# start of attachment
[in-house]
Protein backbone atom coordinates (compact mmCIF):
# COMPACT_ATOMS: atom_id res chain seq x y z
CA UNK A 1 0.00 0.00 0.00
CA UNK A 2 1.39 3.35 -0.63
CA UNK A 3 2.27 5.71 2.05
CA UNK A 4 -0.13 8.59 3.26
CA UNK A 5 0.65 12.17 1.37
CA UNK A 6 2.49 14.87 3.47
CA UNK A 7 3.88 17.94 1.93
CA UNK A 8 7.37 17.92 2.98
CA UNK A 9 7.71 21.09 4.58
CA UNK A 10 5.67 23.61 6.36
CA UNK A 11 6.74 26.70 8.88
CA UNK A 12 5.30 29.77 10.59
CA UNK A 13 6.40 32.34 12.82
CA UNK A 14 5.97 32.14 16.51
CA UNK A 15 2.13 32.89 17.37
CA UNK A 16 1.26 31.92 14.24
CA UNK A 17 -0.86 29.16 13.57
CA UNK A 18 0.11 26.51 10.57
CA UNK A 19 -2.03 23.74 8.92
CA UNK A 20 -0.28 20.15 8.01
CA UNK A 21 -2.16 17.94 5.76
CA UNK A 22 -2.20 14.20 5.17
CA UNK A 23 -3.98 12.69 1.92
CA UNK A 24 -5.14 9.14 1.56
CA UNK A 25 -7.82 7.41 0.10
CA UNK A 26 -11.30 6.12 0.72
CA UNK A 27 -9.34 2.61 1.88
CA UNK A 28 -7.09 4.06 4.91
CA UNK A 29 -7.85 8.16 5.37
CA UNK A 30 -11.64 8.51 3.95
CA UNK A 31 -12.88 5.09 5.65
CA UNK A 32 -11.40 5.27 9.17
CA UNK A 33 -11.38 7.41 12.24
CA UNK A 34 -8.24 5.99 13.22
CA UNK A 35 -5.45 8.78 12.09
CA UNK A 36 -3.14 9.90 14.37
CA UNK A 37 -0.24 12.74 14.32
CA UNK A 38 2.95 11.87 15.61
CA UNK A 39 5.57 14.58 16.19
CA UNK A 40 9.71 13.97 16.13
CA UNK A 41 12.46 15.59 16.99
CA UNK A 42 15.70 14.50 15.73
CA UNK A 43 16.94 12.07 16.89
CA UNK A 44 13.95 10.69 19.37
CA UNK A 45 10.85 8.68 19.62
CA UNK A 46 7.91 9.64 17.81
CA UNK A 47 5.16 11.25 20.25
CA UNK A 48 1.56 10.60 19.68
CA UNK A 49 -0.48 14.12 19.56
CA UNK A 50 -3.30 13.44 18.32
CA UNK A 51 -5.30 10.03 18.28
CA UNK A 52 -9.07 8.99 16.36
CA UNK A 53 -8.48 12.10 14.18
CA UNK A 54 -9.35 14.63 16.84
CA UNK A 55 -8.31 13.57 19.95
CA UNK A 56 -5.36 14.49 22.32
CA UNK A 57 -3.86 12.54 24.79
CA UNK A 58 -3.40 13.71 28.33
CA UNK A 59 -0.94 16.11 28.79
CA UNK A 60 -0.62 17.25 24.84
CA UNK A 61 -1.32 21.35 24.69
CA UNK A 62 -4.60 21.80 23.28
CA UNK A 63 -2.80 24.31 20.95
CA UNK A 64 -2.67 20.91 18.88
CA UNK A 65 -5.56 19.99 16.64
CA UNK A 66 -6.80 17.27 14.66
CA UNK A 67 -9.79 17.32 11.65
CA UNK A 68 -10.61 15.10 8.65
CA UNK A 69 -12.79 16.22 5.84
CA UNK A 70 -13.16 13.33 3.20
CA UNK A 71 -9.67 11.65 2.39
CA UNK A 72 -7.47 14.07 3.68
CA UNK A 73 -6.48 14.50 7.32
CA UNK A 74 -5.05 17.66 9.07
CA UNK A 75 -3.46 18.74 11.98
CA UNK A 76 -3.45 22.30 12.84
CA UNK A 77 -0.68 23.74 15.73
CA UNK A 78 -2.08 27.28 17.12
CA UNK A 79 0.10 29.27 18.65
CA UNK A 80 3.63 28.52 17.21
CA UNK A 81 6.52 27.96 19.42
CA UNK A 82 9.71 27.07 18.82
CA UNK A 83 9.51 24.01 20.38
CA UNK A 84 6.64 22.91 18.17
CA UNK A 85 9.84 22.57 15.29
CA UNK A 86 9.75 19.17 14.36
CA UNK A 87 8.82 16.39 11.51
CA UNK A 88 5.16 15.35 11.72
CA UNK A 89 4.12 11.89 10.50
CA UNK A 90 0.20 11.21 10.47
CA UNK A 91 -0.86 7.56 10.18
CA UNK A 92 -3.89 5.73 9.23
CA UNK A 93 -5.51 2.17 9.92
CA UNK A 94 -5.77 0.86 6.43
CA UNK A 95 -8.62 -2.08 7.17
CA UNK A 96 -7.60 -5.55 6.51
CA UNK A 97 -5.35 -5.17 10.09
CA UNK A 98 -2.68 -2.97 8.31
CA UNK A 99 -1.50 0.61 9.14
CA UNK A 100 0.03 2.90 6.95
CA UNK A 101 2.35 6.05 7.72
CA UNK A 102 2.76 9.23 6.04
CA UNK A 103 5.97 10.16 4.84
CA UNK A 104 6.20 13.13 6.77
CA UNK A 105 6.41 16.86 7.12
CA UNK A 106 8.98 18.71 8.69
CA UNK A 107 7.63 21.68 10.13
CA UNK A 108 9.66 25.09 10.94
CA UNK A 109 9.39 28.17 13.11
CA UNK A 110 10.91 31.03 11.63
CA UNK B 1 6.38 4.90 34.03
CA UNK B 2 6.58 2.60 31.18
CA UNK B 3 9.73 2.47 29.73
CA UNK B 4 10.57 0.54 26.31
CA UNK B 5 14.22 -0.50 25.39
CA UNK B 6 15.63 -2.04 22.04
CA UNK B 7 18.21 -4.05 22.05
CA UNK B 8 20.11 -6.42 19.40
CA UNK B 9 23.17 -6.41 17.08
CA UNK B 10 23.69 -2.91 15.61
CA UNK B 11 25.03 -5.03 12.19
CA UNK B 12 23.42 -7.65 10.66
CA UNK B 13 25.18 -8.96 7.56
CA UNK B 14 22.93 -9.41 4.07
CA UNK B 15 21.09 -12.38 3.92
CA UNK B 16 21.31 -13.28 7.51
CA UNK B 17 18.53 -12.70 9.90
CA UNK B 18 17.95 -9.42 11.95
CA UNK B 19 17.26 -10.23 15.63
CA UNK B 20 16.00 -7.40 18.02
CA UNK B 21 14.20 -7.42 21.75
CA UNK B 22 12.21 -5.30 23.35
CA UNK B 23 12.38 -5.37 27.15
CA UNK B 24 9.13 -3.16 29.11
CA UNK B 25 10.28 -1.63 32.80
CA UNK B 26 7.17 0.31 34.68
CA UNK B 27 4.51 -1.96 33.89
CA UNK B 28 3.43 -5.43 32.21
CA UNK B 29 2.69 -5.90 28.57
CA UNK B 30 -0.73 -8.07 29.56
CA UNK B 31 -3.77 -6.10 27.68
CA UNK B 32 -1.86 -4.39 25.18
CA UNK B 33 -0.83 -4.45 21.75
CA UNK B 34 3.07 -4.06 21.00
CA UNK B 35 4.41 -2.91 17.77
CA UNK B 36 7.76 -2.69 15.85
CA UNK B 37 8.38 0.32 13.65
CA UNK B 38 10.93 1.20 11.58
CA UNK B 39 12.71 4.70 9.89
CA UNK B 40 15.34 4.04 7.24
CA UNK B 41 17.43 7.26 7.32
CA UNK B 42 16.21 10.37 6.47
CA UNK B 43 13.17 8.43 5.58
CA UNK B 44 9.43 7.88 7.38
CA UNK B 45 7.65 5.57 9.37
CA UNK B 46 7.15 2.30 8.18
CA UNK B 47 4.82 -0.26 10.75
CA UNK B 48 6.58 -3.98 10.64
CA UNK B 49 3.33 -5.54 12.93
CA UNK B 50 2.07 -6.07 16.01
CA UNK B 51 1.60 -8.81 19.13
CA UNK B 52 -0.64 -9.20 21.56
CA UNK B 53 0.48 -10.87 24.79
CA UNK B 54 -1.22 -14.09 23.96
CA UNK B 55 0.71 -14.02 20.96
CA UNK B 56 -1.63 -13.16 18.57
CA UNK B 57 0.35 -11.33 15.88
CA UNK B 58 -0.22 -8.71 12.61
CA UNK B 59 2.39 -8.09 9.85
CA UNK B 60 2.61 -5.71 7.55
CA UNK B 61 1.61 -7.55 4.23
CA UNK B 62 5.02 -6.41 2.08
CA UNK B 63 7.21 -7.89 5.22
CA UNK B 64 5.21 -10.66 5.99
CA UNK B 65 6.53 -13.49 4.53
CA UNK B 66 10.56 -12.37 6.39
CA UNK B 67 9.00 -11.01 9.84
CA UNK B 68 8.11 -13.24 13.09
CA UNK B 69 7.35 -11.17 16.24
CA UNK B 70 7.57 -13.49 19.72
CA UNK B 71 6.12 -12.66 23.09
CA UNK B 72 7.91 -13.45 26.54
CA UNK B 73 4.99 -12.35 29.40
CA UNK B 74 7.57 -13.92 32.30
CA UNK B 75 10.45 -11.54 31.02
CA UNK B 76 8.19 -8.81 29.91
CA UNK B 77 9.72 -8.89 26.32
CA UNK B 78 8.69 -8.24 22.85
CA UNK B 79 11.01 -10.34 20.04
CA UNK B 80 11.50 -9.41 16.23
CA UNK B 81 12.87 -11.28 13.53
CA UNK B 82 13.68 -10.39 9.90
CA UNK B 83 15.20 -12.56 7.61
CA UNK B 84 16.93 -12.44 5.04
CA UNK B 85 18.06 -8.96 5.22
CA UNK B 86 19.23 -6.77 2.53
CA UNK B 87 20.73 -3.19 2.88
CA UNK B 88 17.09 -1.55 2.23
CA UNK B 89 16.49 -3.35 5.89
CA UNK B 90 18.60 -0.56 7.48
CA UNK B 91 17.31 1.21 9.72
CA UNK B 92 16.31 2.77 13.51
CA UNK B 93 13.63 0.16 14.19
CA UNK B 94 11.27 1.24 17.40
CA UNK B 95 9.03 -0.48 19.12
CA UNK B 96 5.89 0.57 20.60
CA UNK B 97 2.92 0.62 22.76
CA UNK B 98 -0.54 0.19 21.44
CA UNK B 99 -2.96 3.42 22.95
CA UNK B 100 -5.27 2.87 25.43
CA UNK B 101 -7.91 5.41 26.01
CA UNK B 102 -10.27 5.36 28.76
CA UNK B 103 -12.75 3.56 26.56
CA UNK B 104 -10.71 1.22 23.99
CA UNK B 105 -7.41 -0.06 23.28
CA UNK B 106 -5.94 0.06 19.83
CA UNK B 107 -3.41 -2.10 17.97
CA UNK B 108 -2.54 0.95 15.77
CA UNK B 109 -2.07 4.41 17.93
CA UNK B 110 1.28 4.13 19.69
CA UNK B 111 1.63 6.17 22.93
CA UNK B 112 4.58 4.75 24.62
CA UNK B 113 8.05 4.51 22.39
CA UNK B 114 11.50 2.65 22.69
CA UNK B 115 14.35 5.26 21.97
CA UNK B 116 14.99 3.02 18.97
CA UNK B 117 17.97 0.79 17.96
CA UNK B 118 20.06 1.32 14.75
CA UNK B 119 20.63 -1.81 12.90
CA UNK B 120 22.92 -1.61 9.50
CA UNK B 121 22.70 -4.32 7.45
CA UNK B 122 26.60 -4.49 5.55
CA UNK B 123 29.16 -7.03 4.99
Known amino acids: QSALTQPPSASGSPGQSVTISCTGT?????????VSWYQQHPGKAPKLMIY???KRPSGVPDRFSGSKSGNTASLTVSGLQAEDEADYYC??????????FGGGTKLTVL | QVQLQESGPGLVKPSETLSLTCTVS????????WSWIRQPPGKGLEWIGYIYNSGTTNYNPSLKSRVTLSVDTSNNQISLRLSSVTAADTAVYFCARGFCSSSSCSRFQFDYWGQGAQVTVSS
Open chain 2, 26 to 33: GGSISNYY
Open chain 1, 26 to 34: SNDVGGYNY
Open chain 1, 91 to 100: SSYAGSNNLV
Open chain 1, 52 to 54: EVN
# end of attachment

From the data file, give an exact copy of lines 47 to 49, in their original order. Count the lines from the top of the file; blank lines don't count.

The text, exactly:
CA UNK A 44 13.95 10.69 19.37
CA UNK A 45 10.85 8.68 19.62
CA UNK A 46 7.91 9.64 17.81